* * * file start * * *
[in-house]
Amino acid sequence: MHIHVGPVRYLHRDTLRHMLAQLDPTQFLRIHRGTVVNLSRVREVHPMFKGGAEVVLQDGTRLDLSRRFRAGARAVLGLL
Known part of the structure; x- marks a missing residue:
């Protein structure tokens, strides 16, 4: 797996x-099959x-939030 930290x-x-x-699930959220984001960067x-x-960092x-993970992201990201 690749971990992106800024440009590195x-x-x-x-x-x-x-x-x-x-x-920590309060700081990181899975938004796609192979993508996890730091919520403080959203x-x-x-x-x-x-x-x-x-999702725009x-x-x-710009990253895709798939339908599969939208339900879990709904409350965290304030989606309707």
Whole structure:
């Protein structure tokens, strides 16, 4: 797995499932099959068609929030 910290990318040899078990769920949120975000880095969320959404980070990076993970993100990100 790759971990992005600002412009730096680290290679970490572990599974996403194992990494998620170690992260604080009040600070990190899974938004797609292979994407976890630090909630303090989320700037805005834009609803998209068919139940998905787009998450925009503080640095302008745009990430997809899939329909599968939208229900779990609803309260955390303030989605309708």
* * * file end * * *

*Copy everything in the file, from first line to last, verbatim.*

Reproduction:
[in-house]
Amino acid sequence: MHIHVGPVRYLHRDTLRHMLAQLDPTQFLRIHRGTVVNLSRVREVHPMFKGGAEVVLQDGTRLDLSRRFRAGARAVLGLL
Known part of the structure; x- marks a missing residue:
């Protein structure tokens, strides 16, 4: 797996x-099959x-939030 930290x-x-x-699930959220984001960067x-x-960092x-993970992201990201 690749971990992106800024440009590195x-x-x-x-x-x-x-x-x-x-x-920590309060700081990181899975938004796609192979993508996890730091919520403080959203x-x-x-x-x-x-x-x-x-999702725009x-x-x-710009990253895709798939339908599969939208339900879990709904409350965290304030989606309707």
Whole structure:
């Protein structure tokens, strides 16, 4: 797995499932099959068609929030 910290990318040899078990769920949120975000880095969320959404980070990076993970993100990100 790759971990992005600002412009730096680290290679970490572990599974996403194992990494998620170690992260604080009040600070990190899974938004797609292979994407976890630090909630303090989320700037805005834009609803998209068919139940998905787009998450925009503080640095302008745009990430997809899939329909599968939208229900779990609803309260955390303030989605309708």